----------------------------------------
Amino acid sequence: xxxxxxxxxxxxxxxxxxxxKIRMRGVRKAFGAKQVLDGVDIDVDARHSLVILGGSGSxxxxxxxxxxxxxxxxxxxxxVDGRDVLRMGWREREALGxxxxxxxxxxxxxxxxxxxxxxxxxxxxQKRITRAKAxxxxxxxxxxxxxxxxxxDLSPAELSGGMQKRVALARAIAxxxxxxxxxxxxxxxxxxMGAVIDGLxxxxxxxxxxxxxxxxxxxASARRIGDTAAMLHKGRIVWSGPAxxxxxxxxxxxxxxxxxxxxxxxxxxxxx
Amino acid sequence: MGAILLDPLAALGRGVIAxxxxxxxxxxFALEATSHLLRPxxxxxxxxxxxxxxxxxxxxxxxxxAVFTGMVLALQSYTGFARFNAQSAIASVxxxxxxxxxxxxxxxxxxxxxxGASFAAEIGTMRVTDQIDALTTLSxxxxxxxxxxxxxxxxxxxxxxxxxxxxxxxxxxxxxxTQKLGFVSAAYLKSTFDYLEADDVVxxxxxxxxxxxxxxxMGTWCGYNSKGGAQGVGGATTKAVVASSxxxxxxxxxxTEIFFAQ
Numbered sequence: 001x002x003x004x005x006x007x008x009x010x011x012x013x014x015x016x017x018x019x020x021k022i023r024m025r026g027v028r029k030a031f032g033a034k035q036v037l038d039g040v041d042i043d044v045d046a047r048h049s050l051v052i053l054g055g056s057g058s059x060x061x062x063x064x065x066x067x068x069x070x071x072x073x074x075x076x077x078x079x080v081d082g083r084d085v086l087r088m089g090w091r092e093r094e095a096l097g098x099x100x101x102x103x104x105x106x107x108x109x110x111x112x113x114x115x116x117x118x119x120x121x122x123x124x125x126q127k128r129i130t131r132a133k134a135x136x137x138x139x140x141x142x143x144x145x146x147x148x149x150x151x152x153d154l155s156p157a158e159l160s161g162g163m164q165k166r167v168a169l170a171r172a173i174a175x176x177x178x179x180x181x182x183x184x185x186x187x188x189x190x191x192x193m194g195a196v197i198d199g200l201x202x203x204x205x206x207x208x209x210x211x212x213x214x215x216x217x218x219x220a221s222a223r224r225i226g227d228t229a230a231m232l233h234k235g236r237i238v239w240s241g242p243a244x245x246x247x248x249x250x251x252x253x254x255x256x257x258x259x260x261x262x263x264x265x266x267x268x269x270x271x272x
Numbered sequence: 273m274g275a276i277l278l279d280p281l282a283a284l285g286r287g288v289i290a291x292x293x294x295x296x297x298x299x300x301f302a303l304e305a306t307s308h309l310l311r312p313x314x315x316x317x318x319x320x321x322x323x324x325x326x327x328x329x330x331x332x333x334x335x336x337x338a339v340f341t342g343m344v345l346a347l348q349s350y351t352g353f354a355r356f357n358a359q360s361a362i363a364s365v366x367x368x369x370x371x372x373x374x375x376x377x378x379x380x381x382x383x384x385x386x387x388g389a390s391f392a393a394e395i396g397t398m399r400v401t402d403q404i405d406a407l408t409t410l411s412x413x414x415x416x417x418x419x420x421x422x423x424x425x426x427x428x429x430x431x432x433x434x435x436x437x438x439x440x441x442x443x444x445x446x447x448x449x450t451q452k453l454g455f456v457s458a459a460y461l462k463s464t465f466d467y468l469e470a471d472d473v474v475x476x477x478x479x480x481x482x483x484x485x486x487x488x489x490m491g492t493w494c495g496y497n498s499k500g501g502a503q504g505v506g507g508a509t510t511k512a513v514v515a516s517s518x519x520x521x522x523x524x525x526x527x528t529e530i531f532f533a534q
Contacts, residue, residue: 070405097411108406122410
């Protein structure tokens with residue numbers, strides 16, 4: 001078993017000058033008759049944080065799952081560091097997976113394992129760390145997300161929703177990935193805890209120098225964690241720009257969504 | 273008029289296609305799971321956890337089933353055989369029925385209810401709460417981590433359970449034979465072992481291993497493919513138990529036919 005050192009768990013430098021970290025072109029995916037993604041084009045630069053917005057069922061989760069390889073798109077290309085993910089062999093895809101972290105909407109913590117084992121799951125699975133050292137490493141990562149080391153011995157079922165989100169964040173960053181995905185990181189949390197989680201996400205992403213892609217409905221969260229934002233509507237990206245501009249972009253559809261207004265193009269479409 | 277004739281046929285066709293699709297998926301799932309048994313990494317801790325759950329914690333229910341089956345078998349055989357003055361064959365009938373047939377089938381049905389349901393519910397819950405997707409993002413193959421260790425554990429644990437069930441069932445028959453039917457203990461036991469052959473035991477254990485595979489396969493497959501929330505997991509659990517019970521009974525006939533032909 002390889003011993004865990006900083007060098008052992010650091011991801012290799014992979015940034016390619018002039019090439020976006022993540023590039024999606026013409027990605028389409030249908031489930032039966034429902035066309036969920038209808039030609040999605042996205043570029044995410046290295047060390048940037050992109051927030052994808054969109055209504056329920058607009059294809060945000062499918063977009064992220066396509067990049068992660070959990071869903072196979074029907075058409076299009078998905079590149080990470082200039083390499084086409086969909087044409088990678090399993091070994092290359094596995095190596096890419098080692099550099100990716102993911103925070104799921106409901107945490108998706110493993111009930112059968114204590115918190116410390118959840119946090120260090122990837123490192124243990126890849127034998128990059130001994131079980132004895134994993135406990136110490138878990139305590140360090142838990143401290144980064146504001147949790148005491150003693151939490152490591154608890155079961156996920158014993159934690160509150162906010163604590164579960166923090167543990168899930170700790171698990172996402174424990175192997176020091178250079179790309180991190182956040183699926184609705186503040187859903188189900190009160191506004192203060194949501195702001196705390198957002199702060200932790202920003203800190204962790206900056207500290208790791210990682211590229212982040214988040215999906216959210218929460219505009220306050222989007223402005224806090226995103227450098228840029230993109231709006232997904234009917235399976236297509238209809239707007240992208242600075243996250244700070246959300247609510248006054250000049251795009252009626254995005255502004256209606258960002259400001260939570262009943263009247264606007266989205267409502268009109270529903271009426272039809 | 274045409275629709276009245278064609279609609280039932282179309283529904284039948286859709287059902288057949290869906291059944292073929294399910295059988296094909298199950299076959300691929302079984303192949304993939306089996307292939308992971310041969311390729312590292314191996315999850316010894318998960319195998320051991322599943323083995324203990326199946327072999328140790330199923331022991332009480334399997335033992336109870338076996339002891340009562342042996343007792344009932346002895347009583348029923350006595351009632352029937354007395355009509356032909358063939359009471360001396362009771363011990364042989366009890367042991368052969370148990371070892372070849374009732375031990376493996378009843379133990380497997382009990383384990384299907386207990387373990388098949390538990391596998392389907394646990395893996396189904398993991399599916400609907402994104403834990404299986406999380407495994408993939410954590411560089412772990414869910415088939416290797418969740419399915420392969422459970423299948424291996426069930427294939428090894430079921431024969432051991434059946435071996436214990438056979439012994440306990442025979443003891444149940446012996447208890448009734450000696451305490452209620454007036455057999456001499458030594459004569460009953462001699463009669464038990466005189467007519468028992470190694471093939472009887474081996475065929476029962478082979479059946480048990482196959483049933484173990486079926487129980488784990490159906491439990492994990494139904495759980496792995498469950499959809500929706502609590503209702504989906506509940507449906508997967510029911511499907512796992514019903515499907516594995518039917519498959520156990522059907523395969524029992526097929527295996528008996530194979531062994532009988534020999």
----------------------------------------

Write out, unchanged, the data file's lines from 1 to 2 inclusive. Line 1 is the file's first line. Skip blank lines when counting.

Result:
Amino acid sequence: xxxxxxxxxxxxxxxxxxxxKIRMRGVRKAFGAKQVLDGVDIDVDARHSLVILGGSGSxxxxxxxxxxxxxxxxxxxxxVDGRDVLRMGWREREALGxxxxxxxxxxxxxxxxxxxxxxxxxxxxQKRITRAKAxxxxxxxxxxxxxxxxxxDLSPAELSGGMQKRVALARAIAxxxxxxxxxxxxxxxxxxMGAVIDGLxxxxxxxxxxxxxxxxxxxASARRIGDTAAMLHKGRIVWSGPAxxxxxxxxxxxxxxxxxxxxxxxxxxxxx
Amino acid sequence: MGAILLDPLAALGRGVIAxxxxxxxxxxFALEATSHLLRPxxxxxxxxxxxxxxxxxxxxxxxxxAVFTGMVLALQSYTGFARFNAQSAIASVxxxxxxxxxxxxxxxxxxxxxxGASFAAEIGTMRVTDQIDALTTLSxxxxxxxxxxxxxxxxxxxxxxxxxxxxxxxxxxxxxxTQKLGFVSAAYLKSTFDYLEADDVVxxxxxxxxxxxxxxxMGTWCGYNSKGGAQGVGGATTKAVVASSxxxxxxxxxxTEIFFAQ